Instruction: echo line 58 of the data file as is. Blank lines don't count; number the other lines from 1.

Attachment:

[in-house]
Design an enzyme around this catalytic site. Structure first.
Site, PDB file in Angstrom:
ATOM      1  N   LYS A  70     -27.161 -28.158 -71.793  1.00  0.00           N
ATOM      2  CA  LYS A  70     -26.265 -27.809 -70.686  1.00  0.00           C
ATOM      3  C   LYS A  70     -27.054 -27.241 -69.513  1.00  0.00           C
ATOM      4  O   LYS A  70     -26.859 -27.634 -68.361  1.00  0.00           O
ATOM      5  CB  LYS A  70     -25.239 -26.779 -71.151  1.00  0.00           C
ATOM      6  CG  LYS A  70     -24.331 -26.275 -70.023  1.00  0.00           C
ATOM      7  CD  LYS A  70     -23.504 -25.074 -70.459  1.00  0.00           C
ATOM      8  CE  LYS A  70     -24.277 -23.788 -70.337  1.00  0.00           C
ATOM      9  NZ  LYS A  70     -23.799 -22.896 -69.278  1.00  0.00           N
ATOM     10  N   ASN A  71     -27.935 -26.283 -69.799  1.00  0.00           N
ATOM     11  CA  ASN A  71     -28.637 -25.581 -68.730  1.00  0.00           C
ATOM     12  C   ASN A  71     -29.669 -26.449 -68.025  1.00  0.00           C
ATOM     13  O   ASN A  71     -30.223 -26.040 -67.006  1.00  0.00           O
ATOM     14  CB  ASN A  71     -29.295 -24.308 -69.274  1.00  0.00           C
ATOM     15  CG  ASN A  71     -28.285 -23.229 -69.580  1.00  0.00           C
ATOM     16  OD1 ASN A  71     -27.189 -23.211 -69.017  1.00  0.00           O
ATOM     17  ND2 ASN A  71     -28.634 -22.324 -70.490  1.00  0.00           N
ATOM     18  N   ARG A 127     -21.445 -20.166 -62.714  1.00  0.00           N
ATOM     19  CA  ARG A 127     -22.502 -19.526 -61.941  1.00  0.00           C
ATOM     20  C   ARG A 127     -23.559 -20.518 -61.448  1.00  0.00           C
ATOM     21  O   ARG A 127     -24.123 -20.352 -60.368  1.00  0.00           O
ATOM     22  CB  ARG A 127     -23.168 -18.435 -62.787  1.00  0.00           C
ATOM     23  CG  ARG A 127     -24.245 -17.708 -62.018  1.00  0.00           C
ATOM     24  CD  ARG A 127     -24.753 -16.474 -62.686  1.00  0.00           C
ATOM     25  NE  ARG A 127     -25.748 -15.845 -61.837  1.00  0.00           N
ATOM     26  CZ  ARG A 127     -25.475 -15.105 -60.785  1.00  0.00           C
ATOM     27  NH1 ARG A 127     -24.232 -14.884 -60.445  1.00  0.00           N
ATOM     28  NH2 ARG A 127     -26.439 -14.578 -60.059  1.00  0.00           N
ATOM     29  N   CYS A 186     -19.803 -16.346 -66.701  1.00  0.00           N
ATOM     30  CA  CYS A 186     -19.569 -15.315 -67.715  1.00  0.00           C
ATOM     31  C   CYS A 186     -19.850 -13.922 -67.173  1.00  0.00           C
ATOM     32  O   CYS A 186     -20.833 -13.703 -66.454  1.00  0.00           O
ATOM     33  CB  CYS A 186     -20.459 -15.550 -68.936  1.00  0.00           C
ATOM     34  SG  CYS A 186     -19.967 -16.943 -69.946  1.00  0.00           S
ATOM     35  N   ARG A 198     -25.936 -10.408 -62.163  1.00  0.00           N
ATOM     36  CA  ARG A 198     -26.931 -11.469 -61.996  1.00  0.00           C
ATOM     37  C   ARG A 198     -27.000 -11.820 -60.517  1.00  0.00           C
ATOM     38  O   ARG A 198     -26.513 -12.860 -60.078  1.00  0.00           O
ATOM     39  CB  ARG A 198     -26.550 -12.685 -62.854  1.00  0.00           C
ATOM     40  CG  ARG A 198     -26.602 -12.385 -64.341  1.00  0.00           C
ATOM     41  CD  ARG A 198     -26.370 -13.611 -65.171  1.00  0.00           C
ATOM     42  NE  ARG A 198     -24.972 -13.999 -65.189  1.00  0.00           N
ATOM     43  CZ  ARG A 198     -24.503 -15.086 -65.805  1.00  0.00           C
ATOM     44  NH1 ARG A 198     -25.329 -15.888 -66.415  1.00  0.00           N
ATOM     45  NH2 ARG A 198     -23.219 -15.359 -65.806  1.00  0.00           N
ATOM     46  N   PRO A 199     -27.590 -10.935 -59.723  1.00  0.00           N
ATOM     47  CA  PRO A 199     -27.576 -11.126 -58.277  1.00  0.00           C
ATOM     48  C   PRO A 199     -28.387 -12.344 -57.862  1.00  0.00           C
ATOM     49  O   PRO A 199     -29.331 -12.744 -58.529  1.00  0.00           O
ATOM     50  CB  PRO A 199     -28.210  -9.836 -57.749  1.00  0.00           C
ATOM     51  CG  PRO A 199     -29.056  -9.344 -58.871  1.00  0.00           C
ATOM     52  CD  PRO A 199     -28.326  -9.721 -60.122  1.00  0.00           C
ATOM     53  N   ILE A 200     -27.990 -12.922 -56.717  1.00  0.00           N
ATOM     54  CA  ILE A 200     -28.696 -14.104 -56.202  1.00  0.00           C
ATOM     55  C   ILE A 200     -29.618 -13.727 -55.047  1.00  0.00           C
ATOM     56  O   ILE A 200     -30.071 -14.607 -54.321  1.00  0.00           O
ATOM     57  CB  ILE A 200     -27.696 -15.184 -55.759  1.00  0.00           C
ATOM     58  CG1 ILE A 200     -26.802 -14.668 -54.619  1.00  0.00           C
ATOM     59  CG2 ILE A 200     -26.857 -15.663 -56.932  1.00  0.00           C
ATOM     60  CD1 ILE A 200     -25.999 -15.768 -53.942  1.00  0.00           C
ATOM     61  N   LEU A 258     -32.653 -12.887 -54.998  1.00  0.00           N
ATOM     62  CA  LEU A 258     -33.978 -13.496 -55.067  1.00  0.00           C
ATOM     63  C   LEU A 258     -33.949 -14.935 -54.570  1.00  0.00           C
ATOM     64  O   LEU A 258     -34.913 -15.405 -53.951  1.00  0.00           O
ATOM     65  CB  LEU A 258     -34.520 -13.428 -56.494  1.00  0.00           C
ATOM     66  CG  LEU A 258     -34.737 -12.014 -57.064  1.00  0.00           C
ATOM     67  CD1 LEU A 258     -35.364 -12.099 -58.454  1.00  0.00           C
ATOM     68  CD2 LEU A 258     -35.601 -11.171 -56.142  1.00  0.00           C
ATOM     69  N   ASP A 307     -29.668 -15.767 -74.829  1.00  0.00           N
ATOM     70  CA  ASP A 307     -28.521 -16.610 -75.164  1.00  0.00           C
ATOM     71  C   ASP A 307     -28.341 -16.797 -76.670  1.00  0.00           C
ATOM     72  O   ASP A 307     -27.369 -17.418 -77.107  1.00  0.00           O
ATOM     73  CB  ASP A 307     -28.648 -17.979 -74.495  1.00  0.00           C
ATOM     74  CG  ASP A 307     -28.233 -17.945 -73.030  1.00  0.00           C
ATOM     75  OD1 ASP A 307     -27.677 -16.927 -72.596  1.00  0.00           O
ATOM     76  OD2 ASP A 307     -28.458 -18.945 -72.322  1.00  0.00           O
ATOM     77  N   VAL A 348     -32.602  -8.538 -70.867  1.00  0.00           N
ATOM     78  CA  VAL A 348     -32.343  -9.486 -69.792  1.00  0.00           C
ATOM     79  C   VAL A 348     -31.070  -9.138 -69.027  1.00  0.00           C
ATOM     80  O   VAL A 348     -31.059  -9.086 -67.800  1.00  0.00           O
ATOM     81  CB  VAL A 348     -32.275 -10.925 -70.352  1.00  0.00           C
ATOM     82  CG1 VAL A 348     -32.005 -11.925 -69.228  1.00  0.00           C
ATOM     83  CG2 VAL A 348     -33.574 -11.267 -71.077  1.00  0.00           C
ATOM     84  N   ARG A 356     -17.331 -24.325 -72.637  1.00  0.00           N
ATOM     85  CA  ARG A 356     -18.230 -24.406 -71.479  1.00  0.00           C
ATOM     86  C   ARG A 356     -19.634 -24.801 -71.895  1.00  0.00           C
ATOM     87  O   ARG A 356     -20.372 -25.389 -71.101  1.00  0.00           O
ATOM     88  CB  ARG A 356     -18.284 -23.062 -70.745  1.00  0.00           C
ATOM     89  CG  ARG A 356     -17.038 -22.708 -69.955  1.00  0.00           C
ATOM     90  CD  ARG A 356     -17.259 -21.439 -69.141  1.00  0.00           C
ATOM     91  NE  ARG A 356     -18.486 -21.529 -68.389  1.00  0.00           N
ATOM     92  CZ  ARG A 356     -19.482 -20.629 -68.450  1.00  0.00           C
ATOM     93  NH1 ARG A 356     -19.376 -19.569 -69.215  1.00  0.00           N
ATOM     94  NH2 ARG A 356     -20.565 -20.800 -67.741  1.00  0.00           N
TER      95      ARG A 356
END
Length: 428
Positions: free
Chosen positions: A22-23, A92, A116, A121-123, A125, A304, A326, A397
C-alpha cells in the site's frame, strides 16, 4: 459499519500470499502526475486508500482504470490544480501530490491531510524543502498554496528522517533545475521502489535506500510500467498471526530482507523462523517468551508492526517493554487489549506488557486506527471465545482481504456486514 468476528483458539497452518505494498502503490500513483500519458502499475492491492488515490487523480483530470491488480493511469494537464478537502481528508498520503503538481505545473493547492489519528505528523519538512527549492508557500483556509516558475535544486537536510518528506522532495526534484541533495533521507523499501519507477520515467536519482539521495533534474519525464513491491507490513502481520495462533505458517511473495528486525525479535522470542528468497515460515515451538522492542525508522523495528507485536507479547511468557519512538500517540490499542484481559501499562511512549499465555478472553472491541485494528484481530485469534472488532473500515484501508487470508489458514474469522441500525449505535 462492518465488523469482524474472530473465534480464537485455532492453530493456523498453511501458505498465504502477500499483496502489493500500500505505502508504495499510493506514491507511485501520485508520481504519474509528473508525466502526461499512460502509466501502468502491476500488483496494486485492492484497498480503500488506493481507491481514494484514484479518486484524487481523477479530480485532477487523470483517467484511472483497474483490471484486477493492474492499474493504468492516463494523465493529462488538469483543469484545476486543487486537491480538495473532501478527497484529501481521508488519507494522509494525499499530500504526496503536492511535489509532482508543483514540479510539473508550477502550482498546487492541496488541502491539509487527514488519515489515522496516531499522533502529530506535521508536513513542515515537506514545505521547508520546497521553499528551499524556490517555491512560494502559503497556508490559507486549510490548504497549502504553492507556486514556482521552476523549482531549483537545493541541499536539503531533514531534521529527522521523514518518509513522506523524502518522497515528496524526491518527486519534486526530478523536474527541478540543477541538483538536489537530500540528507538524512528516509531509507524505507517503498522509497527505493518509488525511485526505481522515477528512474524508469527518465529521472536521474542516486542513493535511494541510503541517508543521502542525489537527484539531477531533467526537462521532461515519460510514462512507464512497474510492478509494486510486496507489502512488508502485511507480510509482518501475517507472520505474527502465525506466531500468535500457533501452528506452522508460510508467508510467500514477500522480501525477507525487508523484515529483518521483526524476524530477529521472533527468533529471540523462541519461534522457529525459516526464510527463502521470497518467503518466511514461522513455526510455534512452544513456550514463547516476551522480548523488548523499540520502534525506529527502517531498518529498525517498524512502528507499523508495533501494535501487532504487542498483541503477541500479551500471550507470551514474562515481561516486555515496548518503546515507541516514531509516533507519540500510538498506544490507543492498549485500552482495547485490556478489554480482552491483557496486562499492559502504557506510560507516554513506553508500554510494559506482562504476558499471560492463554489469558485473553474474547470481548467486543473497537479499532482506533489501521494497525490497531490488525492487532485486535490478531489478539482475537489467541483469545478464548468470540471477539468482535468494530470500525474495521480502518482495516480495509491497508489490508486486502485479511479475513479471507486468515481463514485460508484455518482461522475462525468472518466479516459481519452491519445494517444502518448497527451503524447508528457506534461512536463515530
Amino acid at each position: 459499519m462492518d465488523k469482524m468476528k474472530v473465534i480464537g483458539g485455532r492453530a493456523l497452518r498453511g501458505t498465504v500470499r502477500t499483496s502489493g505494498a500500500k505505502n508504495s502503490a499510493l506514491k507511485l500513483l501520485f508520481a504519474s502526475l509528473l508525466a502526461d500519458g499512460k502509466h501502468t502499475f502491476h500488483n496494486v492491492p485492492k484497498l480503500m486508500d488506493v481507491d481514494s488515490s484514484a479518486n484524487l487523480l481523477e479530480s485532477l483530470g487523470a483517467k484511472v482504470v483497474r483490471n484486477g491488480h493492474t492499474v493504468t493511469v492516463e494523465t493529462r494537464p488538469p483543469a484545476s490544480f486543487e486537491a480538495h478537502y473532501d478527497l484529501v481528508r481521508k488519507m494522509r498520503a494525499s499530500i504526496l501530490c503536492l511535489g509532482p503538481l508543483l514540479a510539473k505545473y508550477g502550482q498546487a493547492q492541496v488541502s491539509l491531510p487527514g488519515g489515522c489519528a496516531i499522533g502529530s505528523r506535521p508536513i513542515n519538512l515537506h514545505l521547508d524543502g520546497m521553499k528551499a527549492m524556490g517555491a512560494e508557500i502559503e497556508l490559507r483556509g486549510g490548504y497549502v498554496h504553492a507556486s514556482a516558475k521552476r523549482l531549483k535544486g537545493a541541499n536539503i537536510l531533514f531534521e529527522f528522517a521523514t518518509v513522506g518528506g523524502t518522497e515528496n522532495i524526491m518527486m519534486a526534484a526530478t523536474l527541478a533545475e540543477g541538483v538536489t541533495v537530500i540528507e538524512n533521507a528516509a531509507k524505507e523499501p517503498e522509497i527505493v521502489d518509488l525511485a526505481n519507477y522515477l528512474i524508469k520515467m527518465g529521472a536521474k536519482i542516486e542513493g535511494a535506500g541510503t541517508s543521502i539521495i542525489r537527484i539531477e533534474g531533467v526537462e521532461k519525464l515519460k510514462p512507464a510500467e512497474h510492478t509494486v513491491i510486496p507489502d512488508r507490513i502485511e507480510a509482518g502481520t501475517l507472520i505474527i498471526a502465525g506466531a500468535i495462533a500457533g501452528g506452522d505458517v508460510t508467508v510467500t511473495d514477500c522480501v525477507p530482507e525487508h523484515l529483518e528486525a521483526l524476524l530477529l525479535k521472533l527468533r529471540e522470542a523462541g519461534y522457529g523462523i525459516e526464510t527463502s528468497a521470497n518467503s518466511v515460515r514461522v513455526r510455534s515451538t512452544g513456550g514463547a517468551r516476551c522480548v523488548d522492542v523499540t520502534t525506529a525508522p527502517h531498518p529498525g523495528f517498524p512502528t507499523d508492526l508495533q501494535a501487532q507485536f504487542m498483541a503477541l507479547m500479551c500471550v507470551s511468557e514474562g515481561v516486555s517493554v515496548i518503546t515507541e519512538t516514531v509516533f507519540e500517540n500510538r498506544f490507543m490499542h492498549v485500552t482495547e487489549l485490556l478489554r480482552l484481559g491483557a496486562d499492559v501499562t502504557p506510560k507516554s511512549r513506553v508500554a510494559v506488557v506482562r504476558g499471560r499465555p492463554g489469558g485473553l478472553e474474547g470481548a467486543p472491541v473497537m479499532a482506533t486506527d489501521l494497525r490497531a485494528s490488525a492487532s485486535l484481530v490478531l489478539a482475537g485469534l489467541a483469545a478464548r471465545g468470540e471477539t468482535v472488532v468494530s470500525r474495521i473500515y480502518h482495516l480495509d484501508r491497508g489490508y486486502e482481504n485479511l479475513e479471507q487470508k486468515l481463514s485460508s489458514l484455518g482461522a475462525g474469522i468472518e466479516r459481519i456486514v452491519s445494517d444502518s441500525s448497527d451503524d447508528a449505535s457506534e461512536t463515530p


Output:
ATOM     55  C   ILE A 200     -29.618 -13.727 -55.047  1.00  0.00           C